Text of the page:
National ballistics system misses mark in targeting firearm crime

A new national ballistics system touted by the federal government as the answer to tracking down criminals and illegal firearms is misguided warns the SSAA.

During their time as councillors on the previous federal government’s Commonwealth Firearms Advisory Council, SSAA past president Bob Green and Chief Executive Officer Tim Bannister raised concerns that a program such as the new Australian Ballistics Information Network (ABIN) is expensive, with little benefit to public safety.

“This program has been trialled and it failed in the United States,” Tim said. “Many policing experts in Australia consider it to be of no value to reducing firearm-related crime or have any benefit to public safety.”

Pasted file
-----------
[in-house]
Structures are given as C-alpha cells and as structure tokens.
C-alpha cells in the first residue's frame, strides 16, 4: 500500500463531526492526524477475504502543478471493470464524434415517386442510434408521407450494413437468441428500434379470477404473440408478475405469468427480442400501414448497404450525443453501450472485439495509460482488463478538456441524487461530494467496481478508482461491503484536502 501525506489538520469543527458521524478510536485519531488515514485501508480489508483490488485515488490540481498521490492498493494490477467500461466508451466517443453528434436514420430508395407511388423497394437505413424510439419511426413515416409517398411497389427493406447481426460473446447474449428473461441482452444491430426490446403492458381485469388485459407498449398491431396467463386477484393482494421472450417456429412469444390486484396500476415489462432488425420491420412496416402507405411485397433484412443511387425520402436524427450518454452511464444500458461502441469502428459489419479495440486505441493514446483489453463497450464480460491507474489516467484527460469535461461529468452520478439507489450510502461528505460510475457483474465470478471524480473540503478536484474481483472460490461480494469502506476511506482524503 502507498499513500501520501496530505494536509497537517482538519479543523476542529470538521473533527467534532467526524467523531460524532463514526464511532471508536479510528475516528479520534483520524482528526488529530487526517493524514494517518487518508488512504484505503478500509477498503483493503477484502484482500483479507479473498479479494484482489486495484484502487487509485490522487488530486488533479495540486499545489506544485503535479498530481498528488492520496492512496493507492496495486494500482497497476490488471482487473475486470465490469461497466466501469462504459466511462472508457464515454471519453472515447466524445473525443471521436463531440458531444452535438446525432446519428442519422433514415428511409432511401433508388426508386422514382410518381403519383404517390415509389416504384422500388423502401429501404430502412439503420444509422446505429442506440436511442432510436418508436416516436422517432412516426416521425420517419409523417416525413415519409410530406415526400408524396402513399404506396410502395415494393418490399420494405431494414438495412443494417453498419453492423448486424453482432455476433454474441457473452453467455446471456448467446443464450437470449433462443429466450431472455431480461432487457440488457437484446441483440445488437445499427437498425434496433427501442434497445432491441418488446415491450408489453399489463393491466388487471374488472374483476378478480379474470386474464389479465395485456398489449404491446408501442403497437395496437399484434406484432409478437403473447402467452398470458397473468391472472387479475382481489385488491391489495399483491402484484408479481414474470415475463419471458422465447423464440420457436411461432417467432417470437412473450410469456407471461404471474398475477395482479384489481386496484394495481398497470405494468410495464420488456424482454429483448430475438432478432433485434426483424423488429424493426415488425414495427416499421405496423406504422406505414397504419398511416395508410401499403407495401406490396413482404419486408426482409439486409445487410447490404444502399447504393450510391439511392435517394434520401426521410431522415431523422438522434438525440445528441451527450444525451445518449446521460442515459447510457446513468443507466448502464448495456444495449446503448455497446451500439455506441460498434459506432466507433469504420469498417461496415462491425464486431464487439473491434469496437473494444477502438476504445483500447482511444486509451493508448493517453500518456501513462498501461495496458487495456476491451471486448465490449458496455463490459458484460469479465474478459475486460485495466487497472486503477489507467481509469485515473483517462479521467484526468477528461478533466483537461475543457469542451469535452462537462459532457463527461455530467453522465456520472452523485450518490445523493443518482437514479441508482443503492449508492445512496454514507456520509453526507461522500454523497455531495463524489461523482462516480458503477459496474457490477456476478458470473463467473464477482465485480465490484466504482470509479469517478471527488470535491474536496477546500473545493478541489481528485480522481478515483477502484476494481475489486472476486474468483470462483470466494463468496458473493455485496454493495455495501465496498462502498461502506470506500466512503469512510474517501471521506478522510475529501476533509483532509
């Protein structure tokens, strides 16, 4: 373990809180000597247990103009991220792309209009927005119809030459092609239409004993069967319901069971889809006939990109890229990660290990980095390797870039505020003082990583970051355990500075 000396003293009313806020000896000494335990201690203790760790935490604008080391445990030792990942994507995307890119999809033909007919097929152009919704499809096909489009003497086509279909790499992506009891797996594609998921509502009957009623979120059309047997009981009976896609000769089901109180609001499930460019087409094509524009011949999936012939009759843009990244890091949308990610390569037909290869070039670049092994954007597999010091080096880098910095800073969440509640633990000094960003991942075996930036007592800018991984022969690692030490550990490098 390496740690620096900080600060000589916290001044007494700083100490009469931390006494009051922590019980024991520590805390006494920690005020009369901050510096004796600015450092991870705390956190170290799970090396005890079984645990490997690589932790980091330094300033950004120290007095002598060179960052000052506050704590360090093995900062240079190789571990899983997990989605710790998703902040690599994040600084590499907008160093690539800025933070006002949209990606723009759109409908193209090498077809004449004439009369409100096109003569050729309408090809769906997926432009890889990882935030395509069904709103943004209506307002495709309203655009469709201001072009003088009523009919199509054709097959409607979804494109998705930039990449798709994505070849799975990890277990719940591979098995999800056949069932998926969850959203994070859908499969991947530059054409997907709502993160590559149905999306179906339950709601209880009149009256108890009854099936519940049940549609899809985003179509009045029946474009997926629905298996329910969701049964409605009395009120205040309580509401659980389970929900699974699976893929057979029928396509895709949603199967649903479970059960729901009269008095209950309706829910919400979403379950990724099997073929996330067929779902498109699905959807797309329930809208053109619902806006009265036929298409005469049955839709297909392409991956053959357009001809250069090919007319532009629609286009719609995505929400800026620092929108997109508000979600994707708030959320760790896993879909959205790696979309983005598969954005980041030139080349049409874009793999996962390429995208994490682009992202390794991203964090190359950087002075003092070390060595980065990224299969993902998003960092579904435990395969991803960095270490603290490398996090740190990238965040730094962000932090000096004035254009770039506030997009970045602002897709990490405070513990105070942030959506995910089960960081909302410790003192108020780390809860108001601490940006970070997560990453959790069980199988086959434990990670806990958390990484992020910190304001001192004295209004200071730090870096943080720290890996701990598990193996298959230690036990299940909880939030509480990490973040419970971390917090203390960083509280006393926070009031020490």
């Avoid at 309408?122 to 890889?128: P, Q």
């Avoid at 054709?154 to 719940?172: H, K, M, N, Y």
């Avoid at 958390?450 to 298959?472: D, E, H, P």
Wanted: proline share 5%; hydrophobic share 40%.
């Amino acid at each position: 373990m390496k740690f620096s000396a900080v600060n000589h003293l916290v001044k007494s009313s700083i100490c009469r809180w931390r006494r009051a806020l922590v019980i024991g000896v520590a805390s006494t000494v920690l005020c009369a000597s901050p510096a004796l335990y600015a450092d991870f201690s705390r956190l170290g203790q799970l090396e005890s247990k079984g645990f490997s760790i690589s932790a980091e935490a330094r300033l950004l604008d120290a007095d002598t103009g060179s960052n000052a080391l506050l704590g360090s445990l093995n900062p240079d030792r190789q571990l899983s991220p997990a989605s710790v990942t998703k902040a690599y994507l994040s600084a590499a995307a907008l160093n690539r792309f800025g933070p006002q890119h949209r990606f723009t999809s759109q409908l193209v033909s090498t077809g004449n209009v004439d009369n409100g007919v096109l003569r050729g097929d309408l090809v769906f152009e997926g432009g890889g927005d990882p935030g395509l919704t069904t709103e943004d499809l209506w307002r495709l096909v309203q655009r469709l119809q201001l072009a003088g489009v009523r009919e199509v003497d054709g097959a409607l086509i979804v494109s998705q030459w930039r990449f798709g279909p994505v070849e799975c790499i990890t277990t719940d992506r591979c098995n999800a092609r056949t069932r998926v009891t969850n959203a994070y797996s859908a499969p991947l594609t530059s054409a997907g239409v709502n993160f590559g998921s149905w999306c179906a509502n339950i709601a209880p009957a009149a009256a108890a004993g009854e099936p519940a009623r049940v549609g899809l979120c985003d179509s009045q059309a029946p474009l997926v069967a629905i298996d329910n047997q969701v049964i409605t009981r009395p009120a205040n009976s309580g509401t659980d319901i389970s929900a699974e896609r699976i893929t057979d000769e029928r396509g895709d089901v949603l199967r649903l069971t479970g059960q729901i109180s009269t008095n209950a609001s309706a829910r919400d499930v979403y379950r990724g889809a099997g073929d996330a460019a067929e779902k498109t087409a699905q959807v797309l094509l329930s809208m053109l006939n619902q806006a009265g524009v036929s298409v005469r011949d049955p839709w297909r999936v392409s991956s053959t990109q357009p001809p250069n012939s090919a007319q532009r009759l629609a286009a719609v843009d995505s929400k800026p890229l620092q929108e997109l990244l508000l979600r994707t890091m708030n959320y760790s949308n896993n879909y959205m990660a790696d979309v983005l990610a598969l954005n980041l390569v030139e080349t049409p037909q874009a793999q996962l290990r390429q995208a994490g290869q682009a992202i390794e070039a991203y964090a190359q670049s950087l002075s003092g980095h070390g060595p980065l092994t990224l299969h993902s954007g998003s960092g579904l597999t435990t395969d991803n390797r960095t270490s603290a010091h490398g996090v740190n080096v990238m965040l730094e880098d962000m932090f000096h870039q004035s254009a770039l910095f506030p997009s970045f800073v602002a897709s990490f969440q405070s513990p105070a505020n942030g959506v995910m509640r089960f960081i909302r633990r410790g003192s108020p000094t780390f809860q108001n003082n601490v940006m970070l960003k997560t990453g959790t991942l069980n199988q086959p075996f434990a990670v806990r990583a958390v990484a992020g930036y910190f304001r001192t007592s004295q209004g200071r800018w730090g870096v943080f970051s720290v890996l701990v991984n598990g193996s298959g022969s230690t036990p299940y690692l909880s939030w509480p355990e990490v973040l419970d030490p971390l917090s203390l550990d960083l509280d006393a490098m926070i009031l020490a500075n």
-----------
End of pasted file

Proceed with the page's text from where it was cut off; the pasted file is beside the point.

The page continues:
The federal government announced the ABIN program, with Minister for Justice Michael Keenan stating that it will “give police the edge in the fight against gun crime by increasing the speed they can match ballistic evidence and link firearms to both suspects and crimes”.

The CrimTrac system worth $9.6 million goes online from July and operates as a ‘fingerprint’ system for firearms, which the government believes will provide all police agencies across the country with a quicker system to link firearms to both suspects and crimes.

However, Bob Green warns that criminals can rort the system just as they do the licensing and firearms registration protocols across the country. “Perhaps the money could be better spent on the inspection of incoming goods to Australia at a time when Customs is facing continuous funding cuts,” Bob said.

He said that the danger would be that the initiative would negatively affect law-abiding licensed firearm owners while criminals would alter their firearms to become non-identifiable in the new system.

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